The portion of the appointment with the actual doctor was pretty void of interesting cultural bits. There are two parts to the room. I got called into the room by the doctor, who stays in that room. She was sitting at a desk, and there was a dividing curtain, behind which was the exam table. The exam table is not nearly as cushioned as the ones in the US, and there was just a normal pillow (not those odd paper like ones). Dr. Alka was very good, as I assumed she would be. I didn't get to hear the heartbeat or anything, which was a bummer, as I get used to that little reassurance at each appointment in the US. She did say she'll do an ultrasound at 20 weeks, and I'm supposed to go back in one month for another appointment.
After the time with the doctor, I took my chart out to the cashier where you pay in cash (roughly $12 US). Then I took it back to the sign-in desk to set up the next appointment, and then I walked out with my chart in hand, presumably for me to bring back with me next time. :)
All in all, a good but colorful experience!

Monday, August 23, 2010

Sorting Thoughts

So, my head has felt like it is spinning now for a few weeks. Wrapping up jobs and seasons of other roles we've invested in deeply, trying to clear our apartment to make space for someone else to live there, packing up stuff for four months for our family, leaving dear friends and familiar things in Los Angeles, and making the long journey to be here in Kathmandu for four months...There has been a lot to sort through in thoughts and emotions. There have been moment of clarity and a lot of muddiness to wade through and many things to reflect on more and try to express to share. So, as I find myself wide awake since 2 a.m. for the second night in a row, I figured I might as well jump in on starting to make note of a few.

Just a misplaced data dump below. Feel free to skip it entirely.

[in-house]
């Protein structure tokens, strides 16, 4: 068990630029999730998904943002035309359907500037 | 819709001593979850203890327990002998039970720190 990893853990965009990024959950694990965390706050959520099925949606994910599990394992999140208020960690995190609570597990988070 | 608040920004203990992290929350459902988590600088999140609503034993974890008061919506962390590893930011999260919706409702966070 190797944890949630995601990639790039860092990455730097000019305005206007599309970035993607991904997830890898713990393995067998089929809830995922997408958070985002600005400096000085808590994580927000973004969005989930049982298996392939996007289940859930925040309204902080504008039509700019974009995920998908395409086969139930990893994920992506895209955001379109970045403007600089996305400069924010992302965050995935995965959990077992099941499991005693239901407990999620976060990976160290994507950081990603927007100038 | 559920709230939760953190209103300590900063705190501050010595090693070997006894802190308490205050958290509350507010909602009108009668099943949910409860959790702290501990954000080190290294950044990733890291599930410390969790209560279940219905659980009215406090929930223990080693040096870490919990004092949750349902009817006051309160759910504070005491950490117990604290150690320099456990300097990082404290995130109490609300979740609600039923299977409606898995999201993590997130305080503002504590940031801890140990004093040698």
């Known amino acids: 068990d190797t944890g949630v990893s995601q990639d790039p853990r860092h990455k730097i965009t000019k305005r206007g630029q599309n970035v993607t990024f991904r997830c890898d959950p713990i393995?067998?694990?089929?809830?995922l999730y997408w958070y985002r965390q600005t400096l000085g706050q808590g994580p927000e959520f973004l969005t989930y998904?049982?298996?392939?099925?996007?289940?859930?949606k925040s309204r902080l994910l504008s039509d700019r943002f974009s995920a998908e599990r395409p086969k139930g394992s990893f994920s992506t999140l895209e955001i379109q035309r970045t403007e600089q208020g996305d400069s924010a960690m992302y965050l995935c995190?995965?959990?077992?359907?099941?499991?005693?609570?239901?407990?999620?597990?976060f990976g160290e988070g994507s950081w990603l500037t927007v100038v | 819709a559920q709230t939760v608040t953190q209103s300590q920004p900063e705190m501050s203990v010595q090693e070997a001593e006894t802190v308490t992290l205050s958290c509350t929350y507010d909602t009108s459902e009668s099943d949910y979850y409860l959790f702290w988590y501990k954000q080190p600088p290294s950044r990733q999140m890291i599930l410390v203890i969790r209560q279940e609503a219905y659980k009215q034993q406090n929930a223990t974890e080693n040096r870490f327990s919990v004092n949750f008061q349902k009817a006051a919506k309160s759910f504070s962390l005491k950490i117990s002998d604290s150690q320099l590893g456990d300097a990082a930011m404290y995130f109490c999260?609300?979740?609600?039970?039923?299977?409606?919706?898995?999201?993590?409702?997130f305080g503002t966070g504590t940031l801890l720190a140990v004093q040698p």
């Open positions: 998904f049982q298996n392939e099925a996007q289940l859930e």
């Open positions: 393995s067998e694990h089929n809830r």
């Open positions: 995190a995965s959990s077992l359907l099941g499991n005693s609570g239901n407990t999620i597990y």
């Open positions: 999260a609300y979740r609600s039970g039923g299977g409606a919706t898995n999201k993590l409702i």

While we are only gone for four months for now (and will see what God has for us beyond that), it has still been a season of major transition for us. Even when we return to LA, life will be different. Things as we have known them for the past season won't ever be the same. In some things we have had a sense of closure, and in some, there are still things we had to leave without seeing them all neatly wrapped up and made clear. It has been an intense and often overwhelming season, and as the time drew closer to depart, I felt myself detaching emotionally. I was feeling so drained emotionally and mentally, and with a new pregnancy, often even physically. I kicked into "to do" list mode with time running short and so much left to do. After a dear friend asked me about how I was interacting with her, it made me realize how much I had slipped into this functional detached mode, partially out of practical reality but also partially out of self-protection to avoid engaging the hard emotions of leaving.
If anyone had told me within my first year or two of living in LA that I would have such a hard time leaving it, I never would have believed them! But, I have put in roots. I have invested deeply, and many amazing people have invested in me and in my family! I have shared my life with dear friends and a community. On one of the last nights in LA, our church council prayed for us, and one of the things Brad shared was about the leaving that came in the calls God gave people TO something.
In Genesis 12:1, the Lord told Abram, "Leave your country, your people and your father's household and go to the land I will show you." When Jesus called the first disciples, they left everything and followed him (Luke 5:11). In thinking about what we were heading toward, I think I forgot about the leaving that is involved in being called into something new. I had avoided it, but as the last week in LA unfolded, I felt the impact of the leaving. Of leaving dear friends that I have shared life with, of leaving a home that might not be much but has been home, of leaving what if familiar and comfortable to head into what is unknown and new and sometimes scary.
And, as we are here, I still feel that impact. I know God has good things here for us, but the leaving is hard.

Monday, August 16, 2010

New Title

Oh, and in honor of our new adventures, I've changed the title of my blog! :)
So, I'm obviously a bit behind with updating this blog! We are three days away from leaving for Kathmandu, Nepal, so there is much going on for us to prepare practically, mentally, emotionally, spiritually. My brain is feeling a little fried tonight, so I won't try to start capturing it all now, but I wanted to actually make a recent post to get me back on track so that I'll get back into updating during our adventure ahead!